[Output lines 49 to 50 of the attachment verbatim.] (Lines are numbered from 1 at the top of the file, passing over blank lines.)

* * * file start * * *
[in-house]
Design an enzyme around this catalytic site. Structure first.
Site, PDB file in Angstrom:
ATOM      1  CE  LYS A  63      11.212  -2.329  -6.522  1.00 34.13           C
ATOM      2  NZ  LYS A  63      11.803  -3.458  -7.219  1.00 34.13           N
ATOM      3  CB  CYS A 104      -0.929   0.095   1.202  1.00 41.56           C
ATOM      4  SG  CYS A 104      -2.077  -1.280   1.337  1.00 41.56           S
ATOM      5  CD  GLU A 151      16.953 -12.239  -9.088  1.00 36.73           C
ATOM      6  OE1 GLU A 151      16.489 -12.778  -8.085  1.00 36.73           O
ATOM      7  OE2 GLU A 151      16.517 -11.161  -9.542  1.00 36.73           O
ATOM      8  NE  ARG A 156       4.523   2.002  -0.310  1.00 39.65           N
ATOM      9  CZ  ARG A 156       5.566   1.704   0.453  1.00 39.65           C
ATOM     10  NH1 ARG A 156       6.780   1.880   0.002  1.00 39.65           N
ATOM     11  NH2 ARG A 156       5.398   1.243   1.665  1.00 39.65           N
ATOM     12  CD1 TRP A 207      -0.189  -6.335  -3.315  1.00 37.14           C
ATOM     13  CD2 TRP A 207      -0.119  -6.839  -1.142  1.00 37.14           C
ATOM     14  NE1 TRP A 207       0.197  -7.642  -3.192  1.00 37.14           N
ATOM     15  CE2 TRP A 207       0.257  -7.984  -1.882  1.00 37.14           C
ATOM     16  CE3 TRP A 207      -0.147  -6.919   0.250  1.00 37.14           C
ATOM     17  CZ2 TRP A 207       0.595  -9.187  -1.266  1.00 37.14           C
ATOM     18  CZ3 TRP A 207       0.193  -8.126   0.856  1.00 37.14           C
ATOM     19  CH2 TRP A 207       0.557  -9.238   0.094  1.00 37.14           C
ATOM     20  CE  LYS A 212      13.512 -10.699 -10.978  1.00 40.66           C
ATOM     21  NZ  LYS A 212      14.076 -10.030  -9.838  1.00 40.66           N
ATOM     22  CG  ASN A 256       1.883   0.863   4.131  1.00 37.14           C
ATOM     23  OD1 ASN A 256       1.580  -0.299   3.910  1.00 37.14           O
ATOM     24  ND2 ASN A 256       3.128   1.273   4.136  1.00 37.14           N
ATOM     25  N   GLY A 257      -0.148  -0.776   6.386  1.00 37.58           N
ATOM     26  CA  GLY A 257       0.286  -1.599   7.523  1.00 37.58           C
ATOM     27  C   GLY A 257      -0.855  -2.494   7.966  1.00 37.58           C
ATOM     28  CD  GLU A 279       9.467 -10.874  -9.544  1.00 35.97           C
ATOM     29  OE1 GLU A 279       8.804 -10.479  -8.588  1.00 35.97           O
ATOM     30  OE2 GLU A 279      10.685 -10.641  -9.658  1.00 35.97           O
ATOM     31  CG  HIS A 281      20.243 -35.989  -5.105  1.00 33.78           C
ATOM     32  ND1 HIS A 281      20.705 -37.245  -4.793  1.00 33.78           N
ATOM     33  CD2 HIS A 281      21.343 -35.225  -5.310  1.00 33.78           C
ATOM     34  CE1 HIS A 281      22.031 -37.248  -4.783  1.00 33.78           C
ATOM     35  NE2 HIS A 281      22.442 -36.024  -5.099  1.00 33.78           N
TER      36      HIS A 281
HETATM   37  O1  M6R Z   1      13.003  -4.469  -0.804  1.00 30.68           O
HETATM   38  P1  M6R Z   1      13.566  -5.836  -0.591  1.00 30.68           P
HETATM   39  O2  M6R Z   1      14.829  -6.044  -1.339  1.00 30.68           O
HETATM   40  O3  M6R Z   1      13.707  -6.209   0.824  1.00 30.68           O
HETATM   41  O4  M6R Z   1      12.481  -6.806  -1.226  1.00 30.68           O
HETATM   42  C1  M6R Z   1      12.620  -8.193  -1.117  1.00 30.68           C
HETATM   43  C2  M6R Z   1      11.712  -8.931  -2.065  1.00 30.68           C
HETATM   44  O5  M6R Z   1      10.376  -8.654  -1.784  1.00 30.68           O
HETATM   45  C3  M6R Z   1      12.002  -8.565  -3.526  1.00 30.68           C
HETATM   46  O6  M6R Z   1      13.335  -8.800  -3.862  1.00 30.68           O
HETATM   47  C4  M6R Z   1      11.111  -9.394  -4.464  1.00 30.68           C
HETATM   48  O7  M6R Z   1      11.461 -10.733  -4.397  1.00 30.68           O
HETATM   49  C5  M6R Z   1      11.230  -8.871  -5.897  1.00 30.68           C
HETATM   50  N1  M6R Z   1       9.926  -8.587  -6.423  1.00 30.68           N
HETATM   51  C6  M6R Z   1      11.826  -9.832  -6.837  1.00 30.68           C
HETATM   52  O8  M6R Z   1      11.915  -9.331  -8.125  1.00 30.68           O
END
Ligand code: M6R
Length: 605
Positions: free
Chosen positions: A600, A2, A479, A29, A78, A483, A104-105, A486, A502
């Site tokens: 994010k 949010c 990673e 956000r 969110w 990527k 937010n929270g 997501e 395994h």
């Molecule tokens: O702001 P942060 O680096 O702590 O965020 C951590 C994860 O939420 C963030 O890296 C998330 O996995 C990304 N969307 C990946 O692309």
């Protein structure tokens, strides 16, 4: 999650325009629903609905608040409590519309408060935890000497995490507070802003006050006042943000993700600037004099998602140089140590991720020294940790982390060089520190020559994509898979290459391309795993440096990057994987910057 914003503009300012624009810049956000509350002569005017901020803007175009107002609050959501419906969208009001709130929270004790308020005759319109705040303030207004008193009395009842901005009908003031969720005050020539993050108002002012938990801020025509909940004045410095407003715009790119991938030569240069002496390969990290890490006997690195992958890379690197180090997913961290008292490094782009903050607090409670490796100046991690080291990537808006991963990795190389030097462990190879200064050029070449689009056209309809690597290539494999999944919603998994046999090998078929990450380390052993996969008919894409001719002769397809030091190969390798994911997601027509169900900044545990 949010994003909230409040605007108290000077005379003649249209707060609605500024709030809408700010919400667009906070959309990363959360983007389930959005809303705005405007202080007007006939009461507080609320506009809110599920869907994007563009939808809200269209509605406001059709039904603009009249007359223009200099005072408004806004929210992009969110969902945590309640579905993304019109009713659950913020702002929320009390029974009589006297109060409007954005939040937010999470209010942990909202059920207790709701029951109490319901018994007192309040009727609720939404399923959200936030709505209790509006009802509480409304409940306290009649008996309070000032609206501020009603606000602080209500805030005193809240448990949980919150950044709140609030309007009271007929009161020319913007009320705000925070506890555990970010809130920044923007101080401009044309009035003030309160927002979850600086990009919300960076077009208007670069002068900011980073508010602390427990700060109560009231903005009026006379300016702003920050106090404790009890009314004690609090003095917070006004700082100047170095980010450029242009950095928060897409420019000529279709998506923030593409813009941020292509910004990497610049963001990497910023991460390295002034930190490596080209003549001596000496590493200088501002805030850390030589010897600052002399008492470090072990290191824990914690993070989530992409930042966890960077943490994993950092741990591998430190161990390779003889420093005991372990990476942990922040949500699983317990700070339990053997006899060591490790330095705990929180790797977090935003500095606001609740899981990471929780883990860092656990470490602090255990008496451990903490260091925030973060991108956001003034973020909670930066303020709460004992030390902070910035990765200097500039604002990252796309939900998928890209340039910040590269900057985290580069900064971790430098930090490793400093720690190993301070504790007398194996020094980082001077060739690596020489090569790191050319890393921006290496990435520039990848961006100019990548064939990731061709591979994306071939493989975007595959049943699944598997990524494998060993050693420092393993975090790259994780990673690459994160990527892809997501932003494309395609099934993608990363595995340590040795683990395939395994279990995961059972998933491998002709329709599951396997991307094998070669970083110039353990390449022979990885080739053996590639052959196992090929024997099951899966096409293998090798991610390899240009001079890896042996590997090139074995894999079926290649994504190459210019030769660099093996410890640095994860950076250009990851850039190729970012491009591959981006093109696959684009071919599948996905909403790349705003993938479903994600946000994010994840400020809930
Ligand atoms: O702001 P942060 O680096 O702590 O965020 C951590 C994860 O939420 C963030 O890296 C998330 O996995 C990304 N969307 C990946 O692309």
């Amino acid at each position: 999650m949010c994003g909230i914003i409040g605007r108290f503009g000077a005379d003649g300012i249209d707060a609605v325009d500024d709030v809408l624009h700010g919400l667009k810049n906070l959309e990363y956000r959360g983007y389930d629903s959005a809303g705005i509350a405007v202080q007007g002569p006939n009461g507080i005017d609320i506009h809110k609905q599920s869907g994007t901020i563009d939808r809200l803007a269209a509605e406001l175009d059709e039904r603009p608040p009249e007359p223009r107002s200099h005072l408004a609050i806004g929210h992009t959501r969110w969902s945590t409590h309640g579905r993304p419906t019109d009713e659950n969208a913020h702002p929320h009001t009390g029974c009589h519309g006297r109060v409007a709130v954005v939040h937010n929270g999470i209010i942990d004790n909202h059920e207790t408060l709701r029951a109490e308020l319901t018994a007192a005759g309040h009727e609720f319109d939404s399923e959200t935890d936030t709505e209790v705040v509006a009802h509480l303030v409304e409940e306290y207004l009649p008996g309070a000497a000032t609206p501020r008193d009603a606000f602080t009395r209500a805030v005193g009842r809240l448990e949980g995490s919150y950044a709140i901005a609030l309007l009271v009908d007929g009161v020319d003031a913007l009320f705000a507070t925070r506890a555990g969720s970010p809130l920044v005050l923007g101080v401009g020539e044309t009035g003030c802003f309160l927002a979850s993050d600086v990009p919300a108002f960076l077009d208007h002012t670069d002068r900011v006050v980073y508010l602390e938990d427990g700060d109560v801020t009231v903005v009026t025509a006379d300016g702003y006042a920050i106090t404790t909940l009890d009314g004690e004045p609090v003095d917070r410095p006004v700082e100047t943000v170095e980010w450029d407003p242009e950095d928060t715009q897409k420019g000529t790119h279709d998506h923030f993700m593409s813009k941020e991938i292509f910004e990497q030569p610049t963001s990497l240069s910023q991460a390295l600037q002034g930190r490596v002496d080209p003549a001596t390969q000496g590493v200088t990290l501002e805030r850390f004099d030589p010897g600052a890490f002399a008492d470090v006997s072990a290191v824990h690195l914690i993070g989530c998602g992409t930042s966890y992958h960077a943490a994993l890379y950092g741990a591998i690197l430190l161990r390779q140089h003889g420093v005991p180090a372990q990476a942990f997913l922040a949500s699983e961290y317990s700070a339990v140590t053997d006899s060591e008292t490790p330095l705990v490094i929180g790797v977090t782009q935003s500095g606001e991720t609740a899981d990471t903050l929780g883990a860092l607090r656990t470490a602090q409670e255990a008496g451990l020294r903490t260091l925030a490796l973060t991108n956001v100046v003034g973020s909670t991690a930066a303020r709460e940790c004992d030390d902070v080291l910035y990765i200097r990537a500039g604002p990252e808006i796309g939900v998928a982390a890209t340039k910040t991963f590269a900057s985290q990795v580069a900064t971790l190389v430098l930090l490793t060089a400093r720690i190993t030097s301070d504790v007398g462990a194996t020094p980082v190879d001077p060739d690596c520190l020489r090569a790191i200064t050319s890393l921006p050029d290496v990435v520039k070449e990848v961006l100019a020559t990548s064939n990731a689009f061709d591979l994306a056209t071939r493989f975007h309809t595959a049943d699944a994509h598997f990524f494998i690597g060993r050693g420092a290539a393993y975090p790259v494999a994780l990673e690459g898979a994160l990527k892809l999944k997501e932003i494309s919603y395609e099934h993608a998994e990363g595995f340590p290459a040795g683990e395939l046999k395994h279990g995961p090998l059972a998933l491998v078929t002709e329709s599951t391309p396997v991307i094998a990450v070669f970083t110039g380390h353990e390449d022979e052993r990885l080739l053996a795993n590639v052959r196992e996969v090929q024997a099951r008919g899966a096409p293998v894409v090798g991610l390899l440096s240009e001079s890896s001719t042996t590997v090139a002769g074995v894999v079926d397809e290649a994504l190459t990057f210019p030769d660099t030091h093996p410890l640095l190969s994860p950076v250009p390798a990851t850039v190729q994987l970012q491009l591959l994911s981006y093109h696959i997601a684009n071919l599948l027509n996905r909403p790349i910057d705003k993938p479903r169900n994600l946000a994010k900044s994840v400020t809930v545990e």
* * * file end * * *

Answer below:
HETATM   46  O6  M6R Z   1      13.335  -8.800  -3.862  1.00 30.68           O
HETATM   47  C4  M6R Z   1      11.111  -9.394  -4.464  1.00 30.68           C